Few romantic period dramas have bewitched fans, body and soul, more than 2005’s Pride and Prejudice. Keira Knightley earned her first Oscar nomination starring as Elizabeth Bennet, the Jane Austen heroine who exchanges wounding judgments and steamy glares with the wealthier but equally stubborn Mr. Darcy (Succession’s Matthew Macfadyen).
The Joe Wright-directed film, which also earned Oscar nods for its art direction, costume design and original score, features the most breathtaking walk across a field since Julian Sands made a wordless beeline to Helena Bonham Carter in 1985's A Room With a View; a chemistry that wouldn’t come close to being matched until Carey Mulligan handpicked Matthias Schoenaerts to play one of her love interests in 2015's Far From the Madding Crowd; and some of the most defiant dialogue this side of 2019's Little Women.
After you stream Pride & Prejudice again, here are more Austen movie adaptations and Austen-inspired gems for you to watch.
The importance of making a good match is always central in Austen’s work, as marriage was the only way for a woman to truly secure her financial safety in the Regency Era. The difference here is that it’s willfully independent Emma Woodhouse (Anya Taylor-Joy) who believes she knows what’s best for a young lady, her less fortunate friend Harriet Smith (Mia Goth).
Emma encourages Harriet to refuse the tenant farmer she’d like to marry and hold out for the boobyish reverend, Mr. Elton (Josh O’Connor), instead. Meanwhile, Emma sets her own sights on the mysterious Frank Churchill (Callum Turner), much to the growing frustration of her attentive pal Mr. Knightley (Johnny Flynn).
The lush film, written by Eleanor Catton and directed by Autumn de Wilde, lets the magnetic Taylor-Joy’s Emma to be more cunning than Gwyneth Paltrow’s protagonist in the 1996 version (currently on Paramount Plus) but she’s also more committed to righting her wrongs. Flynn’s Mr. Knightley feels more approachable; how could he not after we see him bare-bottomed changing clothes in his entrance? And Bill Nighy steals every scene he’s in as Emma’s droll, emotionally dependent father.
Watch on Peacock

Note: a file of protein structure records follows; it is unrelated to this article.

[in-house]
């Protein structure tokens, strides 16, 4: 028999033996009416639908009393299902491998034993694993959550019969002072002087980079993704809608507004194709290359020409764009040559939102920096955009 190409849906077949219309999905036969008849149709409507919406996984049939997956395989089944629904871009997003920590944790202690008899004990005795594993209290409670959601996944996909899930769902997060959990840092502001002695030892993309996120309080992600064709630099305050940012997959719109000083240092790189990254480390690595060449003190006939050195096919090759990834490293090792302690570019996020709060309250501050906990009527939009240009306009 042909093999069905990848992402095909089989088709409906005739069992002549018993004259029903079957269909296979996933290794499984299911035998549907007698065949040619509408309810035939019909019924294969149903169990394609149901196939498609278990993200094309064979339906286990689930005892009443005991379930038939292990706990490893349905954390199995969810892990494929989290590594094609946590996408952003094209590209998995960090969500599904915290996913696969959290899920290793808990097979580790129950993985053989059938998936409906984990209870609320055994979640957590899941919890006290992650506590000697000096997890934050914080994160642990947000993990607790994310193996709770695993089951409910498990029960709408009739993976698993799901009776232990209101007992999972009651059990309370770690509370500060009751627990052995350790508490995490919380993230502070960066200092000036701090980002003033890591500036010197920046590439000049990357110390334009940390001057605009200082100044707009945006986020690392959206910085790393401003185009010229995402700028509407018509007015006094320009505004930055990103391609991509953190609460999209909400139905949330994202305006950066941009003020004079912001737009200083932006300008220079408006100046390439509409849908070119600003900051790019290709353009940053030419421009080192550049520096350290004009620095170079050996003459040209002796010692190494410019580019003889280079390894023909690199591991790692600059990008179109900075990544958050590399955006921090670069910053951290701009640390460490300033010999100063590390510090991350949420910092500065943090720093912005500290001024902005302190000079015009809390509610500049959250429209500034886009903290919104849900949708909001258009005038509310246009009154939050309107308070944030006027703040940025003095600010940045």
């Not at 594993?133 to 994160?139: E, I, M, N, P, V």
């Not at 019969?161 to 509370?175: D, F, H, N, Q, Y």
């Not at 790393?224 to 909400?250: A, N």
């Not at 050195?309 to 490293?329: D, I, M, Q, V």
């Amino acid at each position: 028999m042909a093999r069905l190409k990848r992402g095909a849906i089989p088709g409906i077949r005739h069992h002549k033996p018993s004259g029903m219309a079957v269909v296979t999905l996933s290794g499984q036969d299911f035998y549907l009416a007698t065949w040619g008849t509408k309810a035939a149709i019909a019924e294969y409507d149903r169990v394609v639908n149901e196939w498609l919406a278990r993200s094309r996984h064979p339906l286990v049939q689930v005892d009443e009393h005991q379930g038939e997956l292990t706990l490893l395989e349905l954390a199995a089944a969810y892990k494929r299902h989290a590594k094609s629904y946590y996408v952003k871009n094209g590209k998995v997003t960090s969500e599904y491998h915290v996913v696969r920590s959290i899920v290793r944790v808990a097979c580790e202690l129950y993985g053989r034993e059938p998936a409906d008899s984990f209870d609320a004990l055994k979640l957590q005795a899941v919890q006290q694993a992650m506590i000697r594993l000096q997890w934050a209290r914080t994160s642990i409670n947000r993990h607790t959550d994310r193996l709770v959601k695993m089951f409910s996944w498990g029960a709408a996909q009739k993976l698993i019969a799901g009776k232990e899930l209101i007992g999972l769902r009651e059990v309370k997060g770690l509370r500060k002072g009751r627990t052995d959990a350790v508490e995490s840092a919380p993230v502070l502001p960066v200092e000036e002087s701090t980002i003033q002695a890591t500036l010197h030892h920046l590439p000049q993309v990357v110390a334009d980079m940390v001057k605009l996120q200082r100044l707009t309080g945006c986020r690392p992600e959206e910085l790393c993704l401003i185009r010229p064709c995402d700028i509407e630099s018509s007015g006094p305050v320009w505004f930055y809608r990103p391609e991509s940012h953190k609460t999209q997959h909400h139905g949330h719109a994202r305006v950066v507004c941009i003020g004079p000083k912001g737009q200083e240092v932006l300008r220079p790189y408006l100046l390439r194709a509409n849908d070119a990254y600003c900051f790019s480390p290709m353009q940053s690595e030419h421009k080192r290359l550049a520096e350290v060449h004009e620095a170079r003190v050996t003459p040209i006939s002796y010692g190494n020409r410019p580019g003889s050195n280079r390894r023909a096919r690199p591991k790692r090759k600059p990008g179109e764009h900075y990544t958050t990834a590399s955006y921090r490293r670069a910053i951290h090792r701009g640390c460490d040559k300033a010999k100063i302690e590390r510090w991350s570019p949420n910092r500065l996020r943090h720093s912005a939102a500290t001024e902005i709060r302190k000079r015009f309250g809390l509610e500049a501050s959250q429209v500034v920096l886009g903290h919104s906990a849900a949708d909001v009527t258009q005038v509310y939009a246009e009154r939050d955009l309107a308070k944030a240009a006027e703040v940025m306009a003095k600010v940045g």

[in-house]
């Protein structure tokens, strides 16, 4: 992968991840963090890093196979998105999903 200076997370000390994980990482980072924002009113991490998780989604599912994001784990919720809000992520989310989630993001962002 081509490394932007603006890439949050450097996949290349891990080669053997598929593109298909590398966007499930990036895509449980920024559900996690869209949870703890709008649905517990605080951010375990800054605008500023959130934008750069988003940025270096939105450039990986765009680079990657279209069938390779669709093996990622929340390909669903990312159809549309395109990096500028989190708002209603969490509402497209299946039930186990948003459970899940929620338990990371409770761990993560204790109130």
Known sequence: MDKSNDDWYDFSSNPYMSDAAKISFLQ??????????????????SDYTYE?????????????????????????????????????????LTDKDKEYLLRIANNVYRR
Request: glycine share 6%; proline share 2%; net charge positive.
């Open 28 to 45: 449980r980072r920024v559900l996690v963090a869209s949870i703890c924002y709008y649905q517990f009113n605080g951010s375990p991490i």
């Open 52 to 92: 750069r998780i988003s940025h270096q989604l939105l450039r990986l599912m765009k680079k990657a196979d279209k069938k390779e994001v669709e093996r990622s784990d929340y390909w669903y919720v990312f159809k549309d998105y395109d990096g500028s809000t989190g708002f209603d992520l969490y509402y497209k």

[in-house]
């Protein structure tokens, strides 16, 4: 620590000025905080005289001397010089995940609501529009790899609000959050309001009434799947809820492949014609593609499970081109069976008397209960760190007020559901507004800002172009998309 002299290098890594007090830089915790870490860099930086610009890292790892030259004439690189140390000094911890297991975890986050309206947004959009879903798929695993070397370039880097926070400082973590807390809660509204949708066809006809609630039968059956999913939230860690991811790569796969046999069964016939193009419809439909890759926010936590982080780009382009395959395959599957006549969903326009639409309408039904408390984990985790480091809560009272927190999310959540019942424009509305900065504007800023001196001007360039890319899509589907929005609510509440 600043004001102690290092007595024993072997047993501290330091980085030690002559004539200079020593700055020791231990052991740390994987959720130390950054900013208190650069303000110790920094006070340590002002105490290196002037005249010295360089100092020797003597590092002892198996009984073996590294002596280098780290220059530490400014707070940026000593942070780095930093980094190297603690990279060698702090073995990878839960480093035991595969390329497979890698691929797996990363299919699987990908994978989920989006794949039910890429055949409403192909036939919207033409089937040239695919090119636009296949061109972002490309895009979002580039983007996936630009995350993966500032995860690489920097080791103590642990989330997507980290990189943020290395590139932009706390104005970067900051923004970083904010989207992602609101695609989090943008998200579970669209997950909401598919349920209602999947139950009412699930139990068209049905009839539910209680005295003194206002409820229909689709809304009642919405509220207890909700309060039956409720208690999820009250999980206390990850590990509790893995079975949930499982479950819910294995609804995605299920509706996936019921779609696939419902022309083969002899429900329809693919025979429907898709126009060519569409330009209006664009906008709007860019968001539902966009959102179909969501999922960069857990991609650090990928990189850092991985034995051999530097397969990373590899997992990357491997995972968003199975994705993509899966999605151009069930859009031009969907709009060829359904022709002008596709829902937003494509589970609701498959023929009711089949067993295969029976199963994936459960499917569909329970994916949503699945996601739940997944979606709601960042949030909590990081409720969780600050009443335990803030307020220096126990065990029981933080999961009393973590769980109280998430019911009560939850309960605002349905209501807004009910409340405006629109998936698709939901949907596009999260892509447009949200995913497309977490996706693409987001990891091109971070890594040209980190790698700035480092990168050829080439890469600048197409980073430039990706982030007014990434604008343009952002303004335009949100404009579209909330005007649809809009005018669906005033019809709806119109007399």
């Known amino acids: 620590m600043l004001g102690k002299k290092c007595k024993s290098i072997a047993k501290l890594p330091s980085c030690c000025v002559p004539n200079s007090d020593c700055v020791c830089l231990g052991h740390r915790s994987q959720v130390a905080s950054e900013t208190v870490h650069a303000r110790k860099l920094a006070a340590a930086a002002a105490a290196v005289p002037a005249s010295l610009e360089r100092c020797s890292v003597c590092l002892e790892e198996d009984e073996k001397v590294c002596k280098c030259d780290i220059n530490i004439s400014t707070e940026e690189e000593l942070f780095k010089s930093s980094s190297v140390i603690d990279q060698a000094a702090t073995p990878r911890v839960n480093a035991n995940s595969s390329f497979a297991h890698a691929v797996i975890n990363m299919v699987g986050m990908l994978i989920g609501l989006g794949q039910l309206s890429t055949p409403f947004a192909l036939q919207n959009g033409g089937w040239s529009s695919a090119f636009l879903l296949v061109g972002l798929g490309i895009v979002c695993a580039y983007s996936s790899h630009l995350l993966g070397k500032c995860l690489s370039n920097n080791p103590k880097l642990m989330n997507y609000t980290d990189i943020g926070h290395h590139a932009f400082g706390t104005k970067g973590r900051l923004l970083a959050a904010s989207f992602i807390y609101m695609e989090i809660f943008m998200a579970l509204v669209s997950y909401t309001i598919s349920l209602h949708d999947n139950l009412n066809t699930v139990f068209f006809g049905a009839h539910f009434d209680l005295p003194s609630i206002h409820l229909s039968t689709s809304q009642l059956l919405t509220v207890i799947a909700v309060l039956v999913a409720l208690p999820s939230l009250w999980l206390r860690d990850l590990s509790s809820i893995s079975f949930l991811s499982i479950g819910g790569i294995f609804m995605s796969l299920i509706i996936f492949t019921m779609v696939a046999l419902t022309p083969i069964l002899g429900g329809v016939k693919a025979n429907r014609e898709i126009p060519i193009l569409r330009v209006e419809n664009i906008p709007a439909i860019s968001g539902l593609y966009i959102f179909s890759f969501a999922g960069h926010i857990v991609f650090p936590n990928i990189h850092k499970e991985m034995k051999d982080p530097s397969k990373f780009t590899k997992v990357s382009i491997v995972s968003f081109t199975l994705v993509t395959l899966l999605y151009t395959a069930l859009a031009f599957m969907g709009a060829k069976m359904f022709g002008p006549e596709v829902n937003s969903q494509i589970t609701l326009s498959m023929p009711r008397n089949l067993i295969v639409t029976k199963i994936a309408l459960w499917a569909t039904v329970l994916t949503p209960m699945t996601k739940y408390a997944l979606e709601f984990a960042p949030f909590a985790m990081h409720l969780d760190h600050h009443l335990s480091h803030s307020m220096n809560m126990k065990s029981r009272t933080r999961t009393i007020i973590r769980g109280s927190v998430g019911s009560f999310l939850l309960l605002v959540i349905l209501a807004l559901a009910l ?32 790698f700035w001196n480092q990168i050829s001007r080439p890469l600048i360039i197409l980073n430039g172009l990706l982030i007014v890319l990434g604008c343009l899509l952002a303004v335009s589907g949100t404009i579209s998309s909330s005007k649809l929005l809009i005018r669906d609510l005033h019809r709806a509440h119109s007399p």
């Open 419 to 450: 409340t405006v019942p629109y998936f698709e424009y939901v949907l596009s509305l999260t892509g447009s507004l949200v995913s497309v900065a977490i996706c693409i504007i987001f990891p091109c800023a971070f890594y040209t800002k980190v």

Love & Friendship (2016)
Writer/director Whit Stillman has all kinds of devilish fun with Austen’s novella Lady Susan. Kate Beckinsale stars as the unapologetically wily widow Lady Susan Vernon, who is more concerned with having her cake (finding a new wealthy husband) and eating it too (reigniting an affair with a married man) than she is with making sure her daughter, Frederica (Morfydd Clark), is happy with her proposed match, the harmless buffoon Sir James Martin (Tom Bennett).
Beckinsale is absolutely delicious as Lady Susan, who takes refuge at the estate of her late husband’s brother. Even though his wife, Catherine (Emma Greenwell), and her brother, Reginald (Xavier Samuel), know Lady Susan’s reputation, Reginald still can’t resist her. Be prepared for more than one audacious twist. And bonus tip: If you like this kind of wickedness before your happy ending, you’ll also enjoy 2022’s Mr. Malcolm’s List (on Paramount Plus), adapted from Suzanne Allain’s novel about a Regency socialite (Zawe Ashton) seeking revenge on a suitor (Sope Dirisu) who found her lacking.
Watch on Prime Video
Sense and Sensibility (1995)
Revered as one of the finest Austen adaptations, this Best Picture nominee directed by Ang Lee stars Emma Thompson and Kate Winslet as the eldest Dashwood sisters, seemingly stoic Elinor and hopeless romantic Marianne. Their lives are uprooted when their father dies and their home is left to their half-brother, John (James Fleet). Elinor develops a close friendship with John’s empathetic brother-in-law, Edward Ferrars (Hugh Grant), while Marianne falls for the dashing John Willoughby (Greg Wise). Both men have past entanglements that jeopardize everyone’s happiness.
Thompson’s Oscar-winning script makes certain we understand that a woman who doesn’t express heartbreak through tears can feel it just as deeply. Also clear: audiences will accept a large age difference if the man playing weathered, loyal Colonel Brandon is Alan Rickman.